Pine trees have distinctively different needle structure than other evergreens. Pine needles are in clusters of 2, 3, or 5 and range from one to several inches long. Pine trees also have distinctive habits. Most pine trees start out pyramidal in youth (Christmas tree-like) and become more round-topped, open, and picturesque with age.
Most of the trees I saw on my Springfield drive were Eastern White Pine (Pinus strobes). This pine has 2 to 4 inch needles in clusters of 5. Needles are slender and soft, giving white pines a soft, pleasant appearance. This is a popular tree to plant, partly because it is one of the fastest growing landscape pines, growing 50 to 75 feet tall in 25 to 40 years. Unfortunately, many have experienced white pine decline in recent years probably due to site, environment, and species requirements.
The white pine makes a very handsome landscape plant. According to Dr. Michael Dirr's Manual of Woody Landscape Plants, a "mature white pine is without equal among the firs, spruces, and other pines." In youth a white pine is a symmetrical pyramid. As it ages, the crown (top) changes to show several horizontal and ascending branches.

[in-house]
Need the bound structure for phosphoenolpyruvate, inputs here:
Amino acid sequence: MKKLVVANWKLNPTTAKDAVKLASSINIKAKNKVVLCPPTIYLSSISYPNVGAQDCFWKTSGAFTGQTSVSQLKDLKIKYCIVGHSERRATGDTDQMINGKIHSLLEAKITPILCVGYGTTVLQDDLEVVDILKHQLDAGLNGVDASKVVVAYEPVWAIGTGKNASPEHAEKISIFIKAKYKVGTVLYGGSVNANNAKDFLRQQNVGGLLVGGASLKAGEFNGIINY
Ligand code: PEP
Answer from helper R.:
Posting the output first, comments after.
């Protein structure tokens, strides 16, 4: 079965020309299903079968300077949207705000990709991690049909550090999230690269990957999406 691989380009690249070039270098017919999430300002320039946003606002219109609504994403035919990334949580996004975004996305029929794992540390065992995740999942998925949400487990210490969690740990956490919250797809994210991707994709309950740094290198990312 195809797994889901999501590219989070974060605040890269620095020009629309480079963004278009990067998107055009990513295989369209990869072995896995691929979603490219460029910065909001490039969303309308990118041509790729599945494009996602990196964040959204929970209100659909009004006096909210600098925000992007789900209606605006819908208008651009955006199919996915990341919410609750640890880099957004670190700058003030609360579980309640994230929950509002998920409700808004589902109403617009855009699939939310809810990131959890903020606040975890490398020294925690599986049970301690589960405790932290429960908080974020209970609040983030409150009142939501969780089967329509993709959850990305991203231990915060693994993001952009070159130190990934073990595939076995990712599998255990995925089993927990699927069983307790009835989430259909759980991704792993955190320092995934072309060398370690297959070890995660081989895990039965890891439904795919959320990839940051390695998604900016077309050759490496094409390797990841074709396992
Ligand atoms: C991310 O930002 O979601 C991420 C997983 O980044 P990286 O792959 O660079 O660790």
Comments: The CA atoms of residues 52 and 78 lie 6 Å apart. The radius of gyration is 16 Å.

Another pine that changes greatly with age is the Ponderosa Pine (Pinus ponderosa). This pine has 5 to 10 inch sharp rigid needles in clusters of twos and threes. This tree grows slower, but still can reach 75 feet in 40 or 50 years. It is a very coarse textured tree. Again, this tree is pyramidal when young, but with time develops a narrow, circular top. As it ages, the lower branches droop very low. Very old trees have a flat top and have no branches for one-half or more of their height.
Ponderosa pines have interesting bark. On young trees the bark is brown-black and furrowed. As it ages, bark changes to cinnamon-red showing through large flat plates.
A third pine with unique characteristics is the Scotch (Scots) Pine (Pinus sylvestris). At one time this was a popular landscape tree, but it has developed some major problems. Today it is most commonly grown as a Christmas tree. Scotch pine has an irregular pyramid shape when young. Soon, however, the lower limbs die and the tree develops a very picturesque, open tree with wide-spreading branches and a flat top. This tree grows slower than other pines.
Unfortunately Scotch pine are extremely susceptible to the pine wilt disease. The disease kills trees very quickly. It will often show up as one dead tree in a row of Scotch pine. If that tree is not removed immediately, the disease slowly moves from tree to tree until the whole row is dead.
There are many more nice pine trees available. Look for picturesque old pine trees the next time you drive around, especially near old farmsteads.